North Carolina Supreme Court Will Decide if Lottery Is Really a Tax

Published August 1, 2007

The North Carolina Supreme Court heard oral arguments on May 22 in an appeal of a ruling in a lawsuit that argues the state’s education lottery is really a tax that lawmakers enacted illegally.

North Carolina charges a 35 percent assessment on the sale of each lottery ticket. If that revenue is found to be a tax under the meaning of North Carolina law, then the lottery’s enactment in 2005 did not meet the basic legislative requirements for enacting tax law, according to Dean Webster, executive director of the North Carolina Institute for Constitutional Law (NCICL).

NCICL filed the lawsuit in 2005 on behalf of four persons and two organizations in the state.

State law requires separate votes on different days before a revenue measure can be approved. That did not happen with the lottery.

“The lottery bill was hurried through. There was lots of interesting wheeling and dealing to get it through as it was,” Webster said.

Pleased with Arguments

Webster said the oral arguments “went well. We were pleased with the questions by the judges. They have given the case a lot of thought so far, but you cannot always go by how the questions go.”

Other organizations, including the Washington, DC-based Tax Foundation, have filed briefs in support of NCICL’s lawsuit, which argues lottery “profits” are really tax revenues.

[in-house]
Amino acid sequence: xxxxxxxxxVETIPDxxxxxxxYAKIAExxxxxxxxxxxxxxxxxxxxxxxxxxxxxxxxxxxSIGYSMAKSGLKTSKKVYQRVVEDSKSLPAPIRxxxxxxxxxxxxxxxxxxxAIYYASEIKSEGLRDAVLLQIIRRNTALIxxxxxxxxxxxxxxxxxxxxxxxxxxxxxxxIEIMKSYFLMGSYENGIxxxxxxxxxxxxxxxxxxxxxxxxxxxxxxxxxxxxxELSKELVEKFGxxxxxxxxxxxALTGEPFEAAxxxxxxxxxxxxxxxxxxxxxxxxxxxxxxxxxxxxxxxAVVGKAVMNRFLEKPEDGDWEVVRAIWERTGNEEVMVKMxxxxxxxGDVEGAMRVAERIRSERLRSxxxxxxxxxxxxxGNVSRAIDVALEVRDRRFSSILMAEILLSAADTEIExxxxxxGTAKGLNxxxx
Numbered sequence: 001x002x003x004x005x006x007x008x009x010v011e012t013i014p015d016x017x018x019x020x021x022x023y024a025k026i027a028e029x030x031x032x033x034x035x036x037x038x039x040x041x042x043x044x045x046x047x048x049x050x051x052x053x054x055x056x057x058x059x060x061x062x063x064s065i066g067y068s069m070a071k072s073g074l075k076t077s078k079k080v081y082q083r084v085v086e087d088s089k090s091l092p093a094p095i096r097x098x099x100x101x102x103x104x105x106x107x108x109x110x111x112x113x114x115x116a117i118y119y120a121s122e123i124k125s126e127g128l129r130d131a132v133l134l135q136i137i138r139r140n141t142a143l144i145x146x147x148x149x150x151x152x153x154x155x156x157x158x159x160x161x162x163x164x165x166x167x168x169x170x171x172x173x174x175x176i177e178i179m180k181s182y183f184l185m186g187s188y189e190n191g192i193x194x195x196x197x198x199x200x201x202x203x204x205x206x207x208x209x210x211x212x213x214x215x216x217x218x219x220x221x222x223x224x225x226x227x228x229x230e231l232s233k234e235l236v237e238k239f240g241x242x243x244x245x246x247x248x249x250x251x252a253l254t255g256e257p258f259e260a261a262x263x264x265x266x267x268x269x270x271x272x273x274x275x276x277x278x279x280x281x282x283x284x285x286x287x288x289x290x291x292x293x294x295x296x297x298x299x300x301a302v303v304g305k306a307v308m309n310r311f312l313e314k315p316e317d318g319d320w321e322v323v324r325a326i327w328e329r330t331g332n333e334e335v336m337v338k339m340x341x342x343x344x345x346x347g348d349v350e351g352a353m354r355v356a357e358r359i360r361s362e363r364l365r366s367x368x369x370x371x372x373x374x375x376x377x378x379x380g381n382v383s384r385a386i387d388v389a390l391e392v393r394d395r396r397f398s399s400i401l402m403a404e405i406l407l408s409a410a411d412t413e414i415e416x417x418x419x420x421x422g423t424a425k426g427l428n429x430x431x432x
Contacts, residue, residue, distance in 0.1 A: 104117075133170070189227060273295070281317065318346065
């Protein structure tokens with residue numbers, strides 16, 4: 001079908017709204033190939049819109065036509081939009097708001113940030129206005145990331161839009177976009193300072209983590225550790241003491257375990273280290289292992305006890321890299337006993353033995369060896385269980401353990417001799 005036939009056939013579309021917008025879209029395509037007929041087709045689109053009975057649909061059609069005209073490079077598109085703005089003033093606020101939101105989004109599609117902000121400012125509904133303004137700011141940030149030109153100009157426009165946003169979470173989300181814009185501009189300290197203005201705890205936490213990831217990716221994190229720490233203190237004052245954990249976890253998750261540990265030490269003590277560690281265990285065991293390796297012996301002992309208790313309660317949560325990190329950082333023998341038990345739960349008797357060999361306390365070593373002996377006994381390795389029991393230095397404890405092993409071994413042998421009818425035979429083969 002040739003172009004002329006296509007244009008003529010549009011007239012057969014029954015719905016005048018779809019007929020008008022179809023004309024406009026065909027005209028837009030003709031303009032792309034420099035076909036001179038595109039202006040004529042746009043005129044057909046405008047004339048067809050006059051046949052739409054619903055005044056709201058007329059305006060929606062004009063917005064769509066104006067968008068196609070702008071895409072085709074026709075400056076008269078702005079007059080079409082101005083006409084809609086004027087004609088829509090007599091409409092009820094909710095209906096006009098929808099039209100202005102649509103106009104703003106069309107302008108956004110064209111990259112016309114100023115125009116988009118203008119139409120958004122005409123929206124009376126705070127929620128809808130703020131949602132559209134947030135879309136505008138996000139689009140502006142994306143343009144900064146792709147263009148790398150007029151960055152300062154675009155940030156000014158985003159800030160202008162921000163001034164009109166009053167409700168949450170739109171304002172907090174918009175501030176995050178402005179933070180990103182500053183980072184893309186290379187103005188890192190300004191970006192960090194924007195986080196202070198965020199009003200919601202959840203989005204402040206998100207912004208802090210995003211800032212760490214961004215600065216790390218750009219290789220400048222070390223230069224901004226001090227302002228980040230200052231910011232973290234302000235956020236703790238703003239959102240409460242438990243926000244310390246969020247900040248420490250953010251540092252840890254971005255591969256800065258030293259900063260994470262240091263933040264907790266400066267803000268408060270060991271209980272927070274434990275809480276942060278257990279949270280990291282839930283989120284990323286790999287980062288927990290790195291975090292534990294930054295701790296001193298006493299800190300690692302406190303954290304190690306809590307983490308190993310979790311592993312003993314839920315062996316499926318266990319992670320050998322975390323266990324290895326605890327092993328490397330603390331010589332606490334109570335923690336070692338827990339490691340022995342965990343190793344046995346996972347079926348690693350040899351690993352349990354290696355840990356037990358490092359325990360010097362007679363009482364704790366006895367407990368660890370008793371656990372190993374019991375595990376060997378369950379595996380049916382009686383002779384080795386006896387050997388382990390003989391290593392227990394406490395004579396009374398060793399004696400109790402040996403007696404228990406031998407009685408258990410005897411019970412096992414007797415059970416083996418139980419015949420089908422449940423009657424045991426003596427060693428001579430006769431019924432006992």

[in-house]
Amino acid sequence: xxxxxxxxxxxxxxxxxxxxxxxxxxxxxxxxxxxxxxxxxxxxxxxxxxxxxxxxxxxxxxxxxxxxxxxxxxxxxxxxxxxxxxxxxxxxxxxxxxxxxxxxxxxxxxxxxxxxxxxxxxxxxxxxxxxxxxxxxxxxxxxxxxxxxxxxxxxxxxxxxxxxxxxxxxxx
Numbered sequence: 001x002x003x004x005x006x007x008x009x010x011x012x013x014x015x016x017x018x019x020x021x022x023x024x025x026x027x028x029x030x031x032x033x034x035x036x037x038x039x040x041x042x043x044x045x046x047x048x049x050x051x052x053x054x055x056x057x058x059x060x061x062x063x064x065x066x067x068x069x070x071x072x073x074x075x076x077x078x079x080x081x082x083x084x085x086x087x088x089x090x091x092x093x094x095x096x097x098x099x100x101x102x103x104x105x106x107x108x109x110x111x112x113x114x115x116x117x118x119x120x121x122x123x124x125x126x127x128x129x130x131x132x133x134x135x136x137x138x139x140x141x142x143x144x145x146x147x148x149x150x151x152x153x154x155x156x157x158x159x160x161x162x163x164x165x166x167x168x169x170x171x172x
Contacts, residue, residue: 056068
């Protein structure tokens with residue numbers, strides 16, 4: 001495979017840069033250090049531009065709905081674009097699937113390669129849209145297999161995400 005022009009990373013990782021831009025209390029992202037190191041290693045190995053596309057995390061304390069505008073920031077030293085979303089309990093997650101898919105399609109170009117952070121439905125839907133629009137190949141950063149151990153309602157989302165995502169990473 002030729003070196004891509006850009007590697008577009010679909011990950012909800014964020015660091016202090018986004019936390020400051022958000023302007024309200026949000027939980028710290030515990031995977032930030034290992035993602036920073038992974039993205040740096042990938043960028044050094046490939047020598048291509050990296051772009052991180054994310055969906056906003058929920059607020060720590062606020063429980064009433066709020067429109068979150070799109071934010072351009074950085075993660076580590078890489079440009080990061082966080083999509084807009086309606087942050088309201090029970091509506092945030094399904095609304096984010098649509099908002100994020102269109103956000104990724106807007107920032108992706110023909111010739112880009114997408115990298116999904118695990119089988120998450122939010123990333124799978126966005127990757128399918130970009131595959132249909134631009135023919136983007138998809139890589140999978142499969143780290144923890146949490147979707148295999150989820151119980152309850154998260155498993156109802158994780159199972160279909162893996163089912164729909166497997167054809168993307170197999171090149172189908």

“A ruling that the lottery is in part a tax will uphold the meaning of Article II, Section 23 of the North Carolina Constitution by ensuring transparency in the state tax system,” said Tax Foundation Senior Tax Counsel Chris Atkins.

The Tax Foundation has long argued lottery revenue should be called tax revenue and state lawmakers should never increase lottery revenue and claim they haven’t raised taxes.

Meets All Criteria

Current U.S. Supreme Court Justice Stephen Breyer laid out the criteria for defining a tax in deciding the San Juan Cellular case for the First Circuit Court of Appeals in 1992. Breyer argued a judge should consider who imposes the assessment, who pays the assessment, and what the revenue is spent on.

In the current case, the assessment was imposed by the North Carolina state general assembly, not a narrowly focused regulatory body; the assessment is paid by a broad swath of the public, not a narrow group that benefits from a particular government service; and the revenue is spent on public education, a broadly available benefit, not on a single industry or similarly narrow group.

Those facts argue for defining the lottery’s net revenue as tax revenue, not as a fee or profit or other miscellaneous charge, according to the plaintiffs.

Participation Voluntary

Norma Harrell, an attorney in the state attorney general’s office, defended the lottery, arguing, “It is our position that a lottery does not impose a tax. We think the legislature intended to create a lottery. We also think the lottery intended to provide funding for education and that’s clear from the statute.”

Harrell also argued, “Nobody forces somebody to buy a lottery ticket, just as no one forces anybody to ride a toll road.”

The appeal followed a 2006 ruling by a state trial court that the General Assembly had legally enacted the lottery.

Steve Stanek ([email protected]) is a research fellow of The Heartland Institute and managing editor of Budget & Tax News. Bill Ahern ([email protected]) is director of communications at the Tax Foundation.

For more information …

Tax Foundation amicus brief challenging the North Carolina lottery,

North Carolina Institute for Constitutional Law’s lawsuit against the lottery,